With these large prints there is a play-off between their size and the quality of the original photo. A problem for a number of prints was that when blown up to this size they can look fuzzy and lacking in detail. The manipulation also become more evident at this size and although this could be seen as a feature rather than a failing, I felt that it distracted your attention in some cases.

The floating islands in the background of Untitled-1 by Sandra Senn suffered in this way, it looked like a case of poor Photoshop work where the islands in the background interfaced with the sea. The other three in the series of photos were superb however, they seemed to have just the right balance of uncertainty over whether they are real or created.

Simon Tyszko’s landscapes were an example where the low quality of the original photo didn’t affect the outcome, indeed the blotchiness added to the atmosphere of them.

The suggestion that the pieces on display involved themselves with some kind of manipulation was a good way of forcing you to look at the pictures with a sceptical mind. Although it could have become some kind of puzzle-solving exercise—spot the unnatural changes in the picture—it also served to create a feeling of unreality for the show. Nothing could be looked at innocently anymore.

There seems to be an assumption now that photographs have to be printed very large. This may have been perpetuated by the well-known works by artists such as Andreas Gursky or Thomas Ruff. I mention them as they were in the show Photography from the UBS Collection at tate Modern.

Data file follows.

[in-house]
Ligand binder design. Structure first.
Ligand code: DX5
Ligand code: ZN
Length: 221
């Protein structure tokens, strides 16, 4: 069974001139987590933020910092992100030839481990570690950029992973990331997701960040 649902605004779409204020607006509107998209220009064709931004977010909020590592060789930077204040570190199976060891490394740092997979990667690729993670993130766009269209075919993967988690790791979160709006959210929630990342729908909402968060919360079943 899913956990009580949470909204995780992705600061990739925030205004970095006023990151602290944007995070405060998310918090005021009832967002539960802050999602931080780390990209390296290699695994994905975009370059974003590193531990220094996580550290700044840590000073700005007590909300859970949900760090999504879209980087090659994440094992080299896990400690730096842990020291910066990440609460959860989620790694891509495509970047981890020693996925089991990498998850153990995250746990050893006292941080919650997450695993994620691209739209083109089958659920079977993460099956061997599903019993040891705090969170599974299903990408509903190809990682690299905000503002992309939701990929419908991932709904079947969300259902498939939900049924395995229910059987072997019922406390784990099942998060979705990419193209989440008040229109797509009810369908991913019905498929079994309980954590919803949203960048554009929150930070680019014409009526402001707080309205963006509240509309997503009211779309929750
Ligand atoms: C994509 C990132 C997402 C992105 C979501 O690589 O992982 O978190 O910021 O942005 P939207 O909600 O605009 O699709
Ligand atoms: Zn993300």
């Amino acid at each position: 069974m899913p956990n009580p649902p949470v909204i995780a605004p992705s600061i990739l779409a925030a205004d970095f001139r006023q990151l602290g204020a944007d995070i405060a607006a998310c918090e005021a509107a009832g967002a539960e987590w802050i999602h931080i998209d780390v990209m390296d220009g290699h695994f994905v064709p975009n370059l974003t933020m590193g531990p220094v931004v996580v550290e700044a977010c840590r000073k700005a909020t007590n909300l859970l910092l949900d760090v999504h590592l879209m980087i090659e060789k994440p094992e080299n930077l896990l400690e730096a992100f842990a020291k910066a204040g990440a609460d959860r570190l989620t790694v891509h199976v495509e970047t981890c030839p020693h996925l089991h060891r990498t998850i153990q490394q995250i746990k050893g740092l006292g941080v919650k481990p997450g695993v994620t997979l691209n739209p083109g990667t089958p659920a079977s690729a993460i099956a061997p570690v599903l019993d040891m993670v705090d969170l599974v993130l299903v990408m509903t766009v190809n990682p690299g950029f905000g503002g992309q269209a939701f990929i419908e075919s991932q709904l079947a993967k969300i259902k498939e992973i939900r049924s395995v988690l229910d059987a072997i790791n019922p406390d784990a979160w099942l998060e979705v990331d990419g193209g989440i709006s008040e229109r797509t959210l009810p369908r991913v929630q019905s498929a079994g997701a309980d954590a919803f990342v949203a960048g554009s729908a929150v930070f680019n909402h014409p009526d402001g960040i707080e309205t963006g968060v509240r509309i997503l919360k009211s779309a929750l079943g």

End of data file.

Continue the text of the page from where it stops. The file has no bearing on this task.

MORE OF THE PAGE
The UBS Art Collection focuses on works of museum quality that represent the defining trends in European and American contemporary art from the second half of the twentieth century.

What attracted my eye in this statement was “museum quality”. This seems to be a self-fulfilling statement as “the firm [UBS] has developed long-term partnerships with leading organisations worldwide. Such relationships have enabled us to realise our vision of sharing works from the UBS Art Collection.” Maybe I’m being unfair to UBS, after all it is very generous of them to let us see the works in their collection.

Tate and UBS share a vision to open up art.

hmm. And the best way to do this is to buy up a load of art, and then loan it out making sure that your logo graces every piece of collateral? That’s not exactly altruistic. OK, I realise that this is how the world works, and bitching about it isn’t going to make any difference. I think what I really object to is the sycophantic text of the leaflet, it’s kind of shameful of the tate to allow that to go into print.

Anyway, getting back to my original point, I think the only pictures in a small format that I saw at tate were the Agglomerations by Fischli and Weiss. This set of 6 prints worked well at this size, really forcing you to get close to examine the scenes. But overall it seems to me that everyone is going for large formats and not really investigating a more intimate engagement with the viewer that smaller prints like Fischli and Weiss’s could create.

  • Blurred Certainty
    Aliki Braine, Etienne Clément, Diana Lui, Calanit Schachner, Sandra Senn, Simon Tyszko, Nicky Willcock and Duncan Caratacus Clark
    Jerwood Space
    171 Union Street, London SE1 0LN